Im developing a web base app in windows xp environment. Im using servlets and jsp. Im using tomcat as the web container and mysql as the backend. I need to automate the backup process (ie) a process should trigger automatically from the server and take all the backups daily or whatever.
Can anydoby help me to find a solution for this? plzzzzzzzzzzzzzzzzzzz
Servlets and JSP are not an appropriate technology choice for this.
Rather, you should use whatever facilities your native OS uses to schedule background operations. For example cron on Linux and OS X. Windows has some sort of scheduler thingy but I'm not sure of the details.
I agree with Bear, if you want to backup your database, then Servlets and JSP is a poor choice. You'll have to create something in DOS since you're using Windows to run a MySQL dump on the interval you want. [ May 15, 2007: Message edited by: Jenn Person ]
Driving Workflow: As a new order is initially placed, schedule a Job to fire in exactly 2 hours, that will check the status of that order, and trigger a warning notification if an order confirmation message has not yet been received for the order, as well as changing the order's status to 'awaiting intervention'.
System Maintenance: Schedule a job to dump the contents of a database into an XML file every business day (all weekdays except holidays) at 11:30 PM.
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Where do you need to backup the DB ? As others have mentioned, servlets and JSPs wont do good here. They are not meant to do database backups. What you need is a scheduler or a DB specific tool that does auto back ups.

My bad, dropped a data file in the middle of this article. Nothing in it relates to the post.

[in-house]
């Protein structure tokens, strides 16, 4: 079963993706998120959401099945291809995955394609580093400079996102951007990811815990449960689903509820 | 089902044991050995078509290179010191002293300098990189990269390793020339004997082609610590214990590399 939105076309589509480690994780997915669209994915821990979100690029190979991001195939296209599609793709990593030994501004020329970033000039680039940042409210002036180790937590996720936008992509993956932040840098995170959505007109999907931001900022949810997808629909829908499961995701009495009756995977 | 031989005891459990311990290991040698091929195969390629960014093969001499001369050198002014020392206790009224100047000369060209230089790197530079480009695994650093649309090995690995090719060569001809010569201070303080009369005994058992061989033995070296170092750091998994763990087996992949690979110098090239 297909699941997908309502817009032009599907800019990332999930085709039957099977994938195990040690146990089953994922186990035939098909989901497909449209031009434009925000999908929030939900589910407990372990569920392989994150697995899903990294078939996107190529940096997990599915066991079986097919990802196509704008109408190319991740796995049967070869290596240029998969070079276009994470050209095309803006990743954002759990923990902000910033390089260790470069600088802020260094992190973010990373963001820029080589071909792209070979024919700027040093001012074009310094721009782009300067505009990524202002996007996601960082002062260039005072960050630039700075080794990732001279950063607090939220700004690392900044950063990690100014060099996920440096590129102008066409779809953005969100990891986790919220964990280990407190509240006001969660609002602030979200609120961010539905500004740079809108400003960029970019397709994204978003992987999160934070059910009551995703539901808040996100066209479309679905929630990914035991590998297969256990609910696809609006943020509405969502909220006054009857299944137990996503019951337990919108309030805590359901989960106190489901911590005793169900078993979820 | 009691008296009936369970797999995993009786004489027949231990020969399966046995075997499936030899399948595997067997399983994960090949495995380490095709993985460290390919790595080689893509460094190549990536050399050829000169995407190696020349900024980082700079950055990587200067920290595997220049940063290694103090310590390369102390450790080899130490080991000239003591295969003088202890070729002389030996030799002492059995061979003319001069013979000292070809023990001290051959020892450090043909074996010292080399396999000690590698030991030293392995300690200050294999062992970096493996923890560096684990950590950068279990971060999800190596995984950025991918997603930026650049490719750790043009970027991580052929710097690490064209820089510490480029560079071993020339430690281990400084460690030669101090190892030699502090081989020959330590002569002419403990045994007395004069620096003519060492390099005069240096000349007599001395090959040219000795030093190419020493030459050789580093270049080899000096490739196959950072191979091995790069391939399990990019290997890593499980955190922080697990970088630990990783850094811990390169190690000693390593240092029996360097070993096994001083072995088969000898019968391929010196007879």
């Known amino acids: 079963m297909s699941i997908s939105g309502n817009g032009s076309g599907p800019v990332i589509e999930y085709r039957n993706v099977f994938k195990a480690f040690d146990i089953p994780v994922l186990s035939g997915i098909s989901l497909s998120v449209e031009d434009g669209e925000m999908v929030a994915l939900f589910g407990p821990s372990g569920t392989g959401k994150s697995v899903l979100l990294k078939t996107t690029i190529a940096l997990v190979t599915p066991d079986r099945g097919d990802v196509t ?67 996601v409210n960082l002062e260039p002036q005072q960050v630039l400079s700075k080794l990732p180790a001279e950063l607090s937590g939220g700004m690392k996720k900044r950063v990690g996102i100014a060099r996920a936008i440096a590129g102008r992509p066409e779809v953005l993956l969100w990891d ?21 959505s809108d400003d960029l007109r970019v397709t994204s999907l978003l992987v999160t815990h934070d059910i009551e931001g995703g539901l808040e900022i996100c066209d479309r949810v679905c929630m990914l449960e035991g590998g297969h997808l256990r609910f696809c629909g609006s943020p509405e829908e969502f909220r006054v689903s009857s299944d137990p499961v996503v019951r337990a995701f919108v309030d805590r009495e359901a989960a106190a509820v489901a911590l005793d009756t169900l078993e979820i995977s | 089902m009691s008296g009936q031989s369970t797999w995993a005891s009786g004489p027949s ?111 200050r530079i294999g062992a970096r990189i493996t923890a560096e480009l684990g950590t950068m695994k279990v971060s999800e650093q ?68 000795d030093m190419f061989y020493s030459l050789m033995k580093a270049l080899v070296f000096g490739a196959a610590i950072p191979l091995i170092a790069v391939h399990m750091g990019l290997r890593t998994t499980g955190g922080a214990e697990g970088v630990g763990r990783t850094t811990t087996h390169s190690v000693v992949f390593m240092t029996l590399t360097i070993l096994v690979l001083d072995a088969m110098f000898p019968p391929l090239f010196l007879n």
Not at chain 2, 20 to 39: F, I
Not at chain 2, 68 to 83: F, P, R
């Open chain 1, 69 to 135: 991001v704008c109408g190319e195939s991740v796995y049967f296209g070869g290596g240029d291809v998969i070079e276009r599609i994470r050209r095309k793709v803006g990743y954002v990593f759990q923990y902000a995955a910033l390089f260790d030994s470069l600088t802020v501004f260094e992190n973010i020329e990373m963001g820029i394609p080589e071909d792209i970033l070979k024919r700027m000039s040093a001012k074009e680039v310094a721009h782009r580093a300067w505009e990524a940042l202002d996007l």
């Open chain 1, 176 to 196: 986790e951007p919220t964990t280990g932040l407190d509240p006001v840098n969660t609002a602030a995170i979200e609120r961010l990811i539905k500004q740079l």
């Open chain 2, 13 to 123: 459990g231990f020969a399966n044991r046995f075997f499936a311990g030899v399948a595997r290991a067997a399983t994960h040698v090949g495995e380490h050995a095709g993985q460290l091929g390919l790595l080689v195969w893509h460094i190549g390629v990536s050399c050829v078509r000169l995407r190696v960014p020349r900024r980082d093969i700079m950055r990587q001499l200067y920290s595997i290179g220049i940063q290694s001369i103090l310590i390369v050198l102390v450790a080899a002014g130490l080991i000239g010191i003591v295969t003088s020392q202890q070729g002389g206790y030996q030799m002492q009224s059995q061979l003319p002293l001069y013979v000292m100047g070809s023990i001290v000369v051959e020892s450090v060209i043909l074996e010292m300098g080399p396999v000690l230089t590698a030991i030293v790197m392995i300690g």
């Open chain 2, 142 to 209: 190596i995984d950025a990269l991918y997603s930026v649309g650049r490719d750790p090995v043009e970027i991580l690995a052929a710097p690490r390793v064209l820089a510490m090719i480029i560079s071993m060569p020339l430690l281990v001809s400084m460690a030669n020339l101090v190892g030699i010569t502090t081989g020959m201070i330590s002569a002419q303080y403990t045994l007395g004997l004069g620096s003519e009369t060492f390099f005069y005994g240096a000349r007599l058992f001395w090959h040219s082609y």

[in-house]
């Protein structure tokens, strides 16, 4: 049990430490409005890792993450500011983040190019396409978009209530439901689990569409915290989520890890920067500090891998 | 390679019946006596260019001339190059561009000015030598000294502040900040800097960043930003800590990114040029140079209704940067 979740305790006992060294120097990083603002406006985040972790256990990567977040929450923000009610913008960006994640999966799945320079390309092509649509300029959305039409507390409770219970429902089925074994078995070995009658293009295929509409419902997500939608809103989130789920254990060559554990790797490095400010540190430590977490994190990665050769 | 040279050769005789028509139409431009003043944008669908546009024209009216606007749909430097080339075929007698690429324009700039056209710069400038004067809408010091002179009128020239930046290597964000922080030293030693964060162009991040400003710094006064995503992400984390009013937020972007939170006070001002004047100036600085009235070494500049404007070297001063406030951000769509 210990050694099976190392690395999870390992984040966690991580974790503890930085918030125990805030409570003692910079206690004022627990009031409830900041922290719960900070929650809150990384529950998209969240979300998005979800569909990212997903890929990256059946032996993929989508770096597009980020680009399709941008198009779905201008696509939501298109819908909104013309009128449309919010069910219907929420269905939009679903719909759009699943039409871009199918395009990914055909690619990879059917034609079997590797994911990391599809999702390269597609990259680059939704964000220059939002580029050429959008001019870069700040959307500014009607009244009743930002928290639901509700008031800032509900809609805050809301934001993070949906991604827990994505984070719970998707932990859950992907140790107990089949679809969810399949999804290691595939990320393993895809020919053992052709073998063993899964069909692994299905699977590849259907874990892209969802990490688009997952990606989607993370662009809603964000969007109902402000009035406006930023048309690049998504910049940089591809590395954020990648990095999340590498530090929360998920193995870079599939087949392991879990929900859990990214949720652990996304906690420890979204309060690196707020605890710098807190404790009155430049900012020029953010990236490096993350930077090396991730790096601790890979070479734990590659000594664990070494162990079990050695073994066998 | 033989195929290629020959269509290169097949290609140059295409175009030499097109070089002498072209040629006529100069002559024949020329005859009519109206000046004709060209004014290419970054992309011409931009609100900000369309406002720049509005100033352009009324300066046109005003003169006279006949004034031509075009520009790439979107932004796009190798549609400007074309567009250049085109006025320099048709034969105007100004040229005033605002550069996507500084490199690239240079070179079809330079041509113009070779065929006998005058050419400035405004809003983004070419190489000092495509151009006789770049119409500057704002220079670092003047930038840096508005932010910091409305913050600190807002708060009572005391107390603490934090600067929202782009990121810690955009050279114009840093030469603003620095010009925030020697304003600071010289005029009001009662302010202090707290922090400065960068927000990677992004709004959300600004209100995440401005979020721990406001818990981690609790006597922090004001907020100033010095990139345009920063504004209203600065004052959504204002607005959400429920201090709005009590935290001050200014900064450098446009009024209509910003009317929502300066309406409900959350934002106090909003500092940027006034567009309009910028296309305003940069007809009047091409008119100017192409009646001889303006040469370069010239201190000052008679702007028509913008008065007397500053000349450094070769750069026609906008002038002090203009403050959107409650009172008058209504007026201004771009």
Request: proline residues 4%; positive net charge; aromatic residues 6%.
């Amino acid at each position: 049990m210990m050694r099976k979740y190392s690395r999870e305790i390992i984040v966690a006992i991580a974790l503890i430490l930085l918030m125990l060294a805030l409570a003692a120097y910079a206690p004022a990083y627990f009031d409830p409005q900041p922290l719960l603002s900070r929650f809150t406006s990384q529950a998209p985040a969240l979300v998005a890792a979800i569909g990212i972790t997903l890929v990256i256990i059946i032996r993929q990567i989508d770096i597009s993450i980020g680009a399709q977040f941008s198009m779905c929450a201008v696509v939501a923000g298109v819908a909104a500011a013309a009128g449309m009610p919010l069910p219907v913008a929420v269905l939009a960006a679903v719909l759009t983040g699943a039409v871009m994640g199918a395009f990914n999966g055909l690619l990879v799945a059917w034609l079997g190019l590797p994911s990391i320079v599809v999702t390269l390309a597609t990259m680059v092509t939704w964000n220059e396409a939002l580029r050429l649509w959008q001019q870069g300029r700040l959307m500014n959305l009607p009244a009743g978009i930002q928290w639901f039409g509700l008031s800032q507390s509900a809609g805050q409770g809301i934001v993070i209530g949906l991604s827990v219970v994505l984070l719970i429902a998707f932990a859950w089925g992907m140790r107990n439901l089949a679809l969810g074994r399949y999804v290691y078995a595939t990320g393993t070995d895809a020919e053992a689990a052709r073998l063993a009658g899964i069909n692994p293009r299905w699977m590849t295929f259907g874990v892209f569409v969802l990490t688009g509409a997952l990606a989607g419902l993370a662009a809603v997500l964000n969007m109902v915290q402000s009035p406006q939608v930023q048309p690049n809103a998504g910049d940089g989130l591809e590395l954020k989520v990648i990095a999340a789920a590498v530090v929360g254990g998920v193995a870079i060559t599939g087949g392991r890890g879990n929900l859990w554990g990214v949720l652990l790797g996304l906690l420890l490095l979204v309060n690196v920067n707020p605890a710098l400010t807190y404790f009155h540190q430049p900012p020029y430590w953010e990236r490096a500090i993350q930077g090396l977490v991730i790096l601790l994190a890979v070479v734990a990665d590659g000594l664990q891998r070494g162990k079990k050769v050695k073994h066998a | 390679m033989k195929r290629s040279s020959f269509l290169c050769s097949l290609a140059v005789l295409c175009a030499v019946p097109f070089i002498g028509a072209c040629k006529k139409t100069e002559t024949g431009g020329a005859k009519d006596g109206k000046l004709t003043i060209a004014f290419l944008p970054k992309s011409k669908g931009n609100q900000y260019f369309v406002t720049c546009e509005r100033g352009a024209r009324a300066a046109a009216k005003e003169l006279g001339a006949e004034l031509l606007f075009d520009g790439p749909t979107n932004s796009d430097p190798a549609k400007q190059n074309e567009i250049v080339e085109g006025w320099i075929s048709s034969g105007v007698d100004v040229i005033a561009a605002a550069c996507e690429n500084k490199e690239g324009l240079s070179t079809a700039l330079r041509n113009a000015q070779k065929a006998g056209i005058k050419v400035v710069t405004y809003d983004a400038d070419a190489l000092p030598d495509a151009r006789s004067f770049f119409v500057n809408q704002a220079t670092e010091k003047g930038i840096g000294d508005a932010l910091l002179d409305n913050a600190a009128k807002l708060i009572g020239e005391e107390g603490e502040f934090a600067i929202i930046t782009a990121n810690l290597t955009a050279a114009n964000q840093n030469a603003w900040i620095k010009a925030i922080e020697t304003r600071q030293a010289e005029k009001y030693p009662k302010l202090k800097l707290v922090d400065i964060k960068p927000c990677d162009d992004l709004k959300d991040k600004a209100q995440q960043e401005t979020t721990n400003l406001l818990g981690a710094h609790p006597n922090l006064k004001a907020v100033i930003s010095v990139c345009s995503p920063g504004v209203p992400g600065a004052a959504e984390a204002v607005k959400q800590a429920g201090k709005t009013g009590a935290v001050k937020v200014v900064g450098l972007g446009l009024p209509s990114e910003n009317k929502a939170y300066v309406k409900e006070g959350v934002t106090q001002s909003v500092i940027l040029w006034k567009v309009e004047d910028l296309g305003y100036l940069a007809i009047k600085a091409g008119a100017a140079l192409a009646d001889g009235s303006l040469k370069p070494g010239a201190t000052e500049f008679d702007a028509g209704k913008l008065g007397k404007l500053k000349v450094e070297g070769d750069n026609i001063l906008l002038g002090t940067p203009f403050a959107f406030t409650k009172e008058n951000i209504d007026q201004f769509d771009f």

As mentioned before, the backup process should be handled outside of your web container.
mysqldump is the appropriate tool. Window has a scheduling facility, "Scheduled Tasks", and even a Cron service with Windows SFU. You can also schedule backups from within MySQL (MySQL Admin->backup->new project->schedule).
In addition, I would suggest using a separate machine for backups. This machine should be well suited for the task, providing redundant disk storage of your data. It is not a bad idea to keep an archive of the backups either.
I use MySQL on Linux. Without giving to much away about our configuration, here is some information about our backups.
The backup user (username something other than backup), has a limited shell. The backup user only has read access and can only connect from a particular IP/hostname. no user besides root and the backup user can view the backup home dir, script, or resulting dump files. The dump files are compressed and encrypted